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Meat of the Matter:
Colorado River Over-Consumed

Meat of the Matter:
Colorado River Over-Consumed

By Laura E.P. Rocchio

The Colorado River has an accounting problem. More water is taken from the river than it has to give.

The dwindling state of the river has recently prompted mandatory water cutbacks, and the realization that if the amount of water withdrawn is to be brought into balance with the water that’s available, a more detailed and granular understanding of how the Colorado is being consumed is needed.

Pie chart of consumptive Colorado River water use.
Research conducted by Richter et al., 2024 and aided by Landsat satellite data found that the Colorado River’s major consumptive uses from 2000-2019 were Agriculture (52%), evapotranspiration from natural vegetation (19%), municipal, commercial and industrial (18%), and evaporation from reservoirs (11%). Irrigation for cattle feed was the single largest consumptive use. Taking an estimated 32% of the Colorado River’s flow. Image based on data from Richter et al., 2024.

In a feat of data wrangling not before attempted, a comprehensive, crop-specific water budget has been created for the entire Colorado River Basin, from headwaters to delta.

The results, recently published in Communications Earth & Environment, show that irrigation uses more than half of the river’s water, with alfalfa and other hay-like cattle-feed crops drinking up the lion’s share—nearly a third of the entire river’s flow. Natural vegetation along the river’s banks consumes about a fifth of the river’s water, evaporative loss from dams a tenth. Another fifth goes to households, cities, and industry.

This new, full accounting of average annual Colorado River water use—partially informed by Landsat satellite data—provides necessary clarity for hard future decisions.

A visual summary of the Colorado River supplies. A number of lines of different thickness and colors go from the left showing available water to the right showing water consumption by sector and crop.
A visual summary of the Colorado River Basin's water availability (left) and water consumption (right). Image credit: Richter et al., 2024

Tapped Out

Colorado river curves through the purple and red rocks of the Grand Canyon. Photo by Kendrick Callaway
The Colorado River as it meanders through the Grand Canyon. Photo credit: Kendrick Callaway

The mighty Colorado, the formidable sculptor of the Grand Canyon, no longer meets the sea at the river’s Mexican terminus: the long, narrow Gulf of California where a vast delta—likened to the Nile’s—once existed.

The river is fully consumed before getting there.

Consumed by over 5 million acres of cropland, where vegetables, fruit, grains, and a sizable swath of feed for dairy and beef cattle are grown. Piped and ported to support cities and farms across the American Southwest from Cheyenne to San Diego, meeting the water needs of 40 million people. Used by natural vegetation along its banks and lost to the atmosphere from evaporating reservoirs.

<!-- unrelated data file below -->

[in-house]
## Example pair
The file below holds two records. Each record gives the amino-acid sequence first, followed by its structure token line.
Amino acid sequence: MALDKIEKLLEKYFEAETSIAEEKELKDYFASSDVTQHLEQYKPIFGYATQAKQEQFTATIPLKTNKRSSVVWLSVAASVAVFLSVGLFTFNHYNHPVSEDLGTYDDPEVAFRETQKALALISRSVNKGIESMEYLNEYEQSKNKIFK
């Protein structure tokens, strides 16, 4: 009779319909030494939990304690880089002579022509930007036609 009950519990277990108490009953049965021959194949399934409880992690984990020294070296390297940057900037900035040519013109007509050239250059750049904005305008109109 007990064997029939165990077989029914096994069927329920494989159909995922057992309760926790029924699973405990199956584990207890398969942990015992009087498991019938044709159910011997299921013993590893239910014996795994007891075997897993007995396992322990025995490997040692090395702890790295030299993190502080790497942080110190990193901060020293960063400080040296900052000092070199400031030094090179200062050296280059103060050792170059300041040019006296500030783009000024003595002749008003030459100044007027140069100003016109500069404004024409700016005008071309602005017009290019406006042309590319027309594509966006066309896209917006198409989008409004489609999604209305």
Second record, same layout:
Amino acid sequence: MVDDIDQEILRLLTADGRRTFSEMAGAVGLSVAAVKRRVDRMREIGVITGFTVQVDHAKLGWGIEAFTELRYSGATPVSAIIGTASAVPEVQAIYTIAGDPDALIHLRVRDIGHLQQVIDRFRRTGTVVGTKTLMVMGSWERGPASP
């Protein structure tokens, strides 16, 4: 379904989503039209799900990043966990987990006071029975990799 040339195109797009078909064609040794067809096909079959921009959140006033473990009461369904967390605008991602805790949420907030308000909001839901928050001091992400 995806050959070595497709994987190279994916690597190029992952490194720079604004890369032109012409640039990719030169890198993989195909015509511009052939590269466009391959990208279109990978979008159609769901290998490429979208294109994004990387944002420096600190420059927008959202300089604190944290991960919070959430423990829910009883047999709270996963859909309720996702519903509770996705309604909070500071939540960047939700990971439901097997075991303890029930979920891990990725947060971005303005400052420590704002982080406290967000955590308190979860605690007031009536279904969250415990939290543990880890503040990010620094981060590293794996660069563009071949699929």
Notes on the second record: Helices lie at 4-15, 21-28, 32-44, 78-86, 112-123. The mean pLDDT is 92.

With colleagues, lead author Brian Richter, a Senior Freshwater Fellow at the World Wildlife Fund, estimated that 23.7 billion cubic meters (19.3 million acre-feet) of Colorado River Basin water was consumed each year on average during the 2000-2019 study timeframe—that’s one-and-a-half times more water than the amount stored in Lake Mead, the nation’s largest reservoir by volume, over the last two decades on average.

In May 2023, on the heels of a temporary Colorado River water use compromise, many New York Times readers were astonished to learn that the single biggest direct human use of Colorado River water was growing food for cows. In an era of mandatory water restrictions, shorter showers and more efficient washing machines, it gave many pause (omnivores especially), to learn that alfalfa and other cattle-feed crops was the single biggest guzzler of the proverbial Colorado cup. The story relied on Richter’s earlier 2020 water accounting.

A black cow stands in a green pasture eating grass.
A Utah cow grazes at pasture. Photo credit: Amy Spielmaker, Pixabay

The research published last month is a refinement of those first estimates—a more complete accounting that chases down the end use of water exported from the Colorado, it also includes water consumption in Mexico, and calculates both reservoir evaporation and the water used by riparian and wetland vegetation along the river.

The staggering water consumption of alfalfa and other cattle-feed crops shifted downwards only slightly with the new exhaustive accounting, still hovering around half of direct human use (dropping from 53% to 46%).

It’s well-known that crop irrigation is the largest water user worldwide. The Colorado River Basin is no different, crops consume three times more water than all other direct human uses combined (municipal, commercial and industrial).

However, Richter’s crop-specific water accounting—aided by Landsat—represents a significant advancement in water budgeting: knowing which crops are getting how much water. Richter found that in the upper reaches of the Colorado Basin, 9 out of every 10 drops of irrigated waters go to cattle-feed crops.

The work is also noteworthy for the calculation of a number that is tricky to assess without the help of Landsat: naturally occurring vegetation (riparian and wetland) consume 19% of the Colorado’s waters.

Mapped Out

As the Colorado River winds its way down from Rocky Mountain National Park through the U.S. Southwest and into Baja California it is fed by a network of streams and rivers. The geographic region where rain and snowmelt flow downhill into this network is the river’s watershed, known as the Colorado River Basin.